I caught Stowaway last night, up on Netflix since the end of April. I liked it a lot, even though I don’t like unhappy endings in space travel dramas, however realistic they may be. I’ll get to that in moment.
The MTS-42 mission to Mars, with a small crew of captain Marina Barnett, botanist David Kim, and medical researcher Zoe Levenson is a good set-up. Although mission control sees a little more weight than expected on lift off, they confirm that there’s enough fuel to successfully make the voyage. Given the title and publicity for the movie, we the audience of course know that this weight comes from Michael Adams, a technician who was knocked unconscious in a pre-launch accident that also landed him behind a panel. He wants to get back to Earth to take care of his little sister, but the ship can’t do that. This is also good continuing set-up. And the narrative then pitches into full-fledged adrenalin when it’s discovered that the accident that knocked out Michael also took out the CO2 scrubber. The upshot: although there are emergency lithium canisters that can take care of some of the carbon dioxide problem, the best they can do is provide breathable air for two people.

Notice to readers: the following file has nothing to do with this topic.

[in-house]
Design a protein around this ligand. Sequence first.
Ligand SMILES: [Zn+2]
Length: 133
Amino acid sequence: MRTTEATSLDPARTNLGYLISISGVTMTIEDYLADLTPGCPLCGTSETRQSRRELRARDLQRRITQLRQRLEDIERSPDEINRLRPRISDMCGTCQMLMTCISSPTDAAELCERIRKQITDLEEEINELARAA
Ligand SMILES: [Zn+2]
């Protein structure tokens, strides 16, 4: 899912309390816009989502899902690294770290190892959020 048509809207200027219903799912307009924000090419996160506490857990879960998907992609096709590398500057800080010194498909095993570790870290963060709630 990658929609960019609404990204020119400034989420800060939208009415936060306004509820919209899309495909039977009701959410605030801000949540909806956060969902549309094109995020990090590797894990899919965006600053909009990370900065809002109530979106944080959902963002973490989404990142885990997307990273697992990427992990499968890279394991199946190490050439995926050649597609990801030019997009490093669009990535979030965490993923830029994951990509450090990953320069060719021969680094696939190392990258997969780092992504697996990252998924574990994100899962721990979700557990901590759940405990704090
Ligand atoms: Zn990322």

What to do? David has algae that can produce oxygen, intended for use on Mars. Can he re-purpose the algae for use on the ship? Well … yes and no, and here is where the stark realism of science and life in space rears its head. Suffice to say the algae is unreliable and it’s soon clear that the most it can do is provide sufficient oxygen for one more person. The movie’s at its psychological best at this point, as Marina, David, and Zoe discuss and agonize what to do.
There is another option — an EVA trip to retrieve liquid oxygen from the launch section of MTS-42 — but it’s dangerous and only David and Zoe can do it (the captain’s arm is in a cast, and Michael doesn’t have the training). Meanwhile, David’s algae is totally dying and a solar storm with lethal radiation is headed towards the MTS-42. I’ll leave it to you to see the breathless action that ensues.
But I will say that I regretted the very ending, and not just because Zoe Levenson has almost the same last name as I do. Her sacrifice is realistic, true, and the reactions of her crewmates were powerful cinema, but I would have much preferred she or her crewmates figuring out a way to weather the solar storm. Why couldn’t she have stayed in the launch vehicle until the storm cleared? The captain said the storm could take hours to pass through, but staying in the launch vehicle and whether that could have given Zoe sufficient protection wasn’t even raised as an option.
But do see this movie, if you’re a space enthusiast, and want to see human beings at their best. Good work by Joe Penna who wrote and directed, Ryan Morrison who wrote, and fine acting by Anna Kendrick as Zoe, Daniel Dae Kim as David, Toni Collette as the captain, and Shamier Anderson as the stowaway Michael.
See also The Missing Orientation